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September 10, 2008 / schulerbooks

Scattershot by David Lovelace

The memoir has become so commonplace as to be almost cliché, so it takes a special tell-all tome to grab wide-spread interest. I think I may have found a winner, though, in poet David Lovelace’s engaging, bittersweet memories of growing up in a family beset with bipolar disorder. Lovelace turns his amused eye toward himself and his family with a touching humor bred of the need to roll-with-it or be rolled over in his family’s odd antics.

From the stunning family portrait that graces the cover – a testimony to the fashion horror that was the ’70s – it’s obvious you’re treading into unstable territory. Lovelace does not hold back, diving into a description of finding his father in a full-blown manic episode, with his mother lying unconscious on the bedroom floor from a possible stroke. A horror of a picture, to be sure, but the author manages to convey the dark corners of bi-polar disorder from a tender, understanding place. It’s truly a brilliant look behind a screen most of us could never breach.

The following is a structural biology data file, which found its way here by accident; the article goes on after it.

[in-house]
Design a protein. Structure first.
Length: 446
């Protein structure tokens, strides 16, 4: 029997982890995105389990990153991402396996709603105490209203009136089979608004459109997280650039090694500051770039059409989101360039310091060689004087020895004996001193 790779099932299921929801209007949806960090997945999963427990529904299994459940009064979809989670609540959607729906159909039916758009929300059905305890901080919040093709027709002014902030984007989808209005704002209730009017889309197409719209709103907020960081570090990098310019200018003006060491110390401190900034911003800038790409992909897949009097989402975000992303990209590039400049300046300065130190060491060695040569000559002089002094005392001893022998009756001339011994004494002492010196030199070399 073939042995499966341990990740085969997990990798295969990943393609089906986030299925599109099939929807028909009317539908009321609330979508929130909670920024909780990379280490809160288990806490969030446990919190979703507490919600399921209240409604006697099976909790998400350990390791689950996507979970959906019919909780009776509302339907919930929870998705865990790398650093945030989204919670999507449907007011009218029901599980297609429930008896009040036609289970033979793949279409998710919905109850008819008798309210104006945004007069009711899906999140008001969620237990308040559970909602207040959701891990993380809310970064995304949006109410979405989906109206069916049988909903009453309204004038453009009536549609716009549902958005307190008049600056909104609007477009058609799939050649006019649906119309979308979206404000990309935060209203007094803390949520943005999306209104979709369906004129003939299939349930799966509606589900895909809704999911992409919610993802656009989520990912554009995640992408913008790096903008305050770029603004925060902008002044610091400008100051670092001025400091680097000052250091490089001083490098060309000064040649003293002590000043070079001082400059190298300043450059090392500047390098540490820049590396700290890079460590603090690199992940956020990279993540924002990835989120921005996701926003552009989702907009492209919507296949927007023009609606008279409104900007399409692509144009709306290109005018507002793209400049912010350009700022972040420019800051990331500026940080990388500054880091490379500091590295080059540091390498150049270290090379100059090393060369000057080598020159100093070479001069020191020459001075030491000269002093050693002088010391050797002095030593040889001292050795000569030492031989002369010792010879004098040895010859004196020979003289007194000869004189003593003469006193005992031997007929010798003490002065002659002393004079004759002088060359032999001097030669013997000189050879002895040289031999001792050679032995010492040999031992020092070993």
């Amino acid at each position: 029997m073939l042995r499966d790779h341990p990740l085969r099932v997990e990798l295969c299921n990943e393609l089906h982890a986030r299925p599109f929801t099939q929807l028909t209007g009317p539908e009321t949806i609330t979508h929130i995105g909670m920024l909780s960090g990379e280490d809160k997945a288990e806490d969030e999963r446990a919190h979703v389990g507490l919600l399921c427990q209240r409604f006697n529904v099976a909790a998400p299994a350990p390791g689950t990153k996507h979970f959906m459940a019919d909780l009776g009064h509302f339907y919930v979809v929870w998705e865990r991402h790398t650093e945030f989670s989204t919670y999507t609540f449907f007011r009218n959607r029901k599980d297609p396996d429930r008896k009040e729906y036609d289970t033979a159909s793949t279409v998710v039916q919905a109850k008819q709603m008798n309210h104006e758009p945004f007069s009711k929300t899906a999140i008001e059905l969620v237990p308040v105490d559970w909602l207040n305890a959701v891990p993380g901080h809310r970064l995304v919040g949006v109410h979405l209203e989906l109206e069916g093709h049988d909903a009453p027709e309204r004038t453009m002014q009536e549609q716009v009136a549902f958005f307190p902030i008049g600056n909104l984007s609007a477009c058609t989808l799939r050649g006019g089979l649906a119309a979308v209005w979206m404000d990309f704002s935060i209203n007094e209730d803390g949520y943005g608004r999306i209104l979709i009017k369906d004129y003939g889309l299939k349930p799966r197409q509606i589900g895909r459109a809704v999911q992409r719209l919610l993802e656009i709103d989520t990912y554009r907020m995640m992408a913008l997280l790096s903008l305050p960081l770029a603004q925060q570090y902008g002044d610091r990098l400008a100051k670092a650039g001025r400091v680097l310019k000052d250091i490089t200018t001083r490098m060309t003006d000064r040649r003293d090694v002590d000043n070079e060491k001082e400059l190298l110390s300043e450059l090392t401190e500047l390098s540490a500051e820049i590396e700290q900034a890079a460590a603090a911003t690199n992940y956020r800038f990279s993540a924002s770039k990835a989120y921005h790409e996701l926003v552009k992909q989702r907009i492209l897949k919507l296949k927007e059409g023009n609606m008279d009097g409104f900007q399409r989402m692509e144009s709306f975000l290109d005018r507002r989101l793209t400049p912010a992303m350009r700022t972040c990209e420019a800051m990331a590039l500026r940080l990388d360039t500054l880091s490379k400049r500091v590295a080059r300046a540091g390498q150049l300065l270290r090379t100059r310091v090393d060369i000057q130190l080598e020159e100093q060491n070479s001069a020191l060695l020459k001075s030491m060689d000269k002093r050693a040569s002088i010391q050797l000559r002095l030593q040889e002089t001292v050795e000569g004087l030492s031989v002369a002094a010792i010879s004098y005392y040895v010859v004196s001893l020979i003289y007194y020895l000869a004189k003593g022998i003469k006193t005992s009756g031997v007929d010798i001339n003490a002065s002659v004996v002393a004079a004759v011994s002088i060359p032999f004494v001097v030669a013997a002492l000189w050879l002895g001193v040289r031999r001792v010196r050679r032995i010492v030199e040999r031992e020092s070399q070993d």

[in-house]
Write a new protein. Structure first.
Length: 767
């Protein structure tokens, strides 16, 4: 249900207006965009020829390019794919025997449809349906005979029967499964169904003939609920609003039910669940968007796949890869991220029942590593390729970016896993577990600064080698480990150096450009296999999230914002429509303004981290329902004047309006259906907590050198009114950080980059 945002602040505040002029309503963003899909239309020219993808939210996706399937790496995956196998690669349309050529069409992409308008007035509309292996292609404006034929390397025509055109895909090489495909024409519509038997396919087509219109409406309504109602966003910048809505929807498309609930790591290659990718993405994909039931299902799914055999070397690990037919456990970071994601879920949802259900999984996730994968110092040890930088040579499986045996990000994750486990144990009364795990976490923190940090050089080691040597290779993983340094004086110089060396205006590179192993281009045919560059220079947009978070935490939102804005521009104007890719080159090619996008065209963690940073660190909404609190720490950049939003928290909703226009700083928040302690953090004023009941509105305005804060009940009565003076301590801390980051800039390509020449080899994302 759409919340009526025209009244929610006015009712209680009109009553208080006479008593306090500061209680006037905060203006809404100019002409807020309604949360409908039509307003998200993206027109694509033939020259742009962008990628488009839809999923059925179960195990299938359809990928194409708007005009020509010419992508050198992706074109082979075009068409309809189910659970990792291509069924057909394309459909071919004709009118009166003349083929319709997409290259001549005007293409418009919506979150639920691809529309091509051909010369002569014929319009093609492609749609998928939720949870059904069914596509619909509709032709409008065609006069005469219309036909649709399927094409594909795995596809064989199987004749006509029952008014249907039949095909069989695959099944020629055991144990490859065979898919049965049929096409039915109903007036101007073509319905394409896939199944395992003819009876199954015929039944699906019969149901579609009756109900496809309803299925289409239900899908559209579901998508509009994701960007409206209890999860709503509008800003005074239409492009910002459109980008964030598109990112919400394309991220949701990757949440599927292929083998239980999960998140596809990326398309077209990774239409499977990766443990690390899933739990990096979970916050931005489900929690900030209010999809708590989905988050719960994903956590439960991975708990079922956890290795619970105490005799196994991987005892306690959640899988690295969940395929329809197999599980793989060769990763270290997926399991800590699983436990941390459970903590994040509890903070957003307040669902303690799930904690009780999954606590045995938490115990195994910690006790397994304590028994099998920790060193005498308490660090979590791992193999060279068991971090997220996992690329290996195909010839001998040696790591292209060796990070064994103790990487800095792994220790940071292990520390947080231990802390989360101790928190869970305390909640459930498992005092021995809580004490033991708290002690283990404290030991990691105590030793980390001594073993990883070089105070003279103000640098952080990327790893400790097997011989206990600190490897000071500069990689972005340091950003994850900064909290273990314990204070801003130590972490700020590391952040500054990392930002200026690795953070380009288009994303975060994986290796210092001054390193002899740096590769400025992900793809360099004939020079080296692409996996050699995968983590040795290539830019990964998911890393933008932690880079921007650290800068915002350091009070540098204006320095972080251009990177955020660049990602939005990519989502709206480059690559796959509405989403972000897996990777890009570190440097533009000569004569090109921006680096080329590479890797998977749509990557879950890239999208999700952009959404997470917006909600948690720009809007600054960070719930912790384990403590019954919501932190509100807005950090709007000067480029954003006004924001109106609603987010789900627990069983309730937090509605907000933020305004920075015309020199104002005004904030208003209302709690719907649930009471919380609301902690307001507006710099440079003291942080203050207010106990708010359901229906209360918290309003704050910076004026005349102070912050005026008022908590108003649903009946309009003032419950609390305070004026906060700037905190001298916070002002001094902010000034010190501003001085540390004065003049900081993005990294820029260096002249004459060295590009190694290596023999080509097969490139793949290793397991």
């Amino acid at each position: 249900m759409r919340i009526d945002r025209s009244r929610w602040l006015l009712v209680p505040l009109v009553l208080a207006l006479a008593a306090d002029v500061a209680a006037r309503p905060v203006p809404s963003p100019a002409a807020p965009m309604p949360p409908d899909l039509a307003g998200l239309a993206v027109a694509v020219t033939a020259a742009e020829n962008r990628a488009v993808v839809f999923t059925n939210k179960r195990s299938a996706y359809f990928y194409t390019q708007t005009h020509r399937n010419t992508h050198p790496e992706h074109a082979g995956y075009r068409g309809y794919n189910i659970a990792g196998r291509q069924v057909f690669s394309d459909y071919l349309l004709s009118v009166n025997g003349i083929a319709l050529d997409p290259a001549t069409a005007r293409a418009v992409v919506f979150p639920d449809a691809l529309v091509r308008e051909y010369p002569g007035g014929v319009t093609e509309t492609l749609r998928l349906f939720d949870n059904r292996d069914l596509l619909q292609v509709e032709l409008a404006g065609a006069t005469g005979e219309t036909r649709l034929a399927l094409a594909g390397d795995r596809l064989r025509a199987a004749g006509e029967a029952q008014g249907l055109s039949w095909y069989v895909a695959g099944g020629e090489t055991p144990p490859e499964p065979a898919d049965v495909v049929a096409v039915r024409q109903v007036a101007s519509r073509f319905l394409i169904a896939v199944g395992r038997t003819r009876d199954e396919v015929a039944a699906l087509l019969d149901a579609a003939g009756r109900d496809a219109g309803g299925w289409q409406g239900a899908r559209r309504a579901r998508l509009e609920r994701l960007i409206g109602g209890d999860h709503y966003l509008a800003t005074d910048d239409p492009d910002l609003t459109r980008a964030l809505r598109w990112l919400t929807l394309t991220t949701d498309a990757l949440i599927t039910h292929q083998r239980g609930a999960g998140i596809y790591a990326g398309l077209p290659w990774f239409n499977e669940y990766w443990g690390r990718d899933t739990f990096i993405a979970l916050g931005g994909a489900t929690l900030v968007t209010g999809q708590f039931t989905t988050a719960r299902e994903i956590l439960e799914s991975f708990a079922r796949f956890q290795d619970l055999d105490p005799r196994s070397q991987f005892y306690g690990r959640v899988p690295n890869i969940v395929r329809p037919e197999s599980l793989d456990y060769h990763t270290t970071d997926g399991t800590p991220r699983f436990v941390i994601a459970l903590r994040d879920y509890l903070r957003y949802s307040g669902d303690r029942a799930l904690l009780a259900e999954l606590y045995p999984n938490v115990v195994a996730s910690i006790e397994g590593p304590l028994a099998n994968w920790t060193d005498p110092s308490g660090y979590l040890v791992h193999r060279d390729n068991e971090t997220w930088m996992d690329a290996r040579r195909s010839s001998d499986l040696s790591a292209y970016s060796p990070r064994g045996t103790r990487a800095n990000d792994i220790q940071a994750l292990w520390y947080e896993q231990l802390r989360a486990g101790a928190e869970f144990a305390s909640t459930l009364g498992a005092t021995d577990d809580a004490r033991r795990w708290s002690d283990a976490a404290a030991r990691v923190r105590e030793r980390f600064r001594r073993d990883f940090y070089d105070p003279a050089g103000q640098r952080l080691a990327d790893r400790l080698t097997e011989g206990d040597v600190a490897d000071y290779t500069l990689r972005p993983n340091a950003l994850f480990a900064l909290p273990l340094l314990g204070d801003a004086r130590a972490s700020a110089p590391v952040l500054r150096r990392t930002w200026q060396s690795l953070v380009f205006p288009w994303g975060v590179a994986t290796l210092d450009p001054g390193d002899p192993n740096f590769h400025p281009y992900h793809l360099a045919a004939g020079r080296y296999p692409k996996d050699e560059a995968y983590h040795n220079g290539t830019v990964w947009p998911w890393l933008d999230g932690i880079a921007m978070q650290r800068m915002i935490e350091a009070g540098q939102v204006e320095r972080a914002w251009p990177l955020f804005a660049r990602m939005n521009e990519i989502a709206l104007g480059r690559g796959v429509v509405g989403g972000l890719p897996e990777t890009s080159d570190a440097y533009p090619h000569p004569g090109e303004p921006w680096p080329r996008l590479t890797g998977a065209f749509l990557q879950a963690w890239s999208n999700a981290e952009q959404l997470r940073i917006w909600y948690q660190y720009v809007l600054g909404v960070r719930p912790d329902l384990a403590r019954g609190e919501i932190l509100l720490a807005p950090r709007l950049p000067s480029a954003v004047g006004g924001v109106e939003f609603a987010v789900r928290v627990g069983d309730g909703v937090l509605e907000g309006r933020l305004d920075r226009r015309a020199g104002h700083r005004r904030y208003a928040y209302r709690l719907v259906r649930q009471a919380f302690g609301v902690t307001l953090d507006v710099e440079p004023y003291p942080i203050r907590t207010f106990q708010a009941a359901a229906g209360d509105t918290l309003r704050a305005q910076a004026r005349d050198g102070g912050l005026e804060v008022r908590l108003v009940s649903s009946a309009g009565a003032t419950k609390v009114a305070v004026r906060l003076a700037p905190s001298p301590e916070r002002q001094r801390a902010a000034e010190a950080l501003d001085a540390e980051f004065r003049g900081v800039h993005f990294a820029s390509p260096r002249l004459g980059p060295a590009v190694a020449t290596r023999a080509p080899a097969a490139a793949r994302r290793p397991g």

Scattershot Cover

Scattershot Cover

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One Comment

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  1. Jim Tremlett / Sep 10 2008 9:38 pm

    Yeah, I remember looking at that cover and thinking “It was the 70’s! If you weren’t there, you wouldn’t understand! I was THERE, man. I WAS THERE!!!!”

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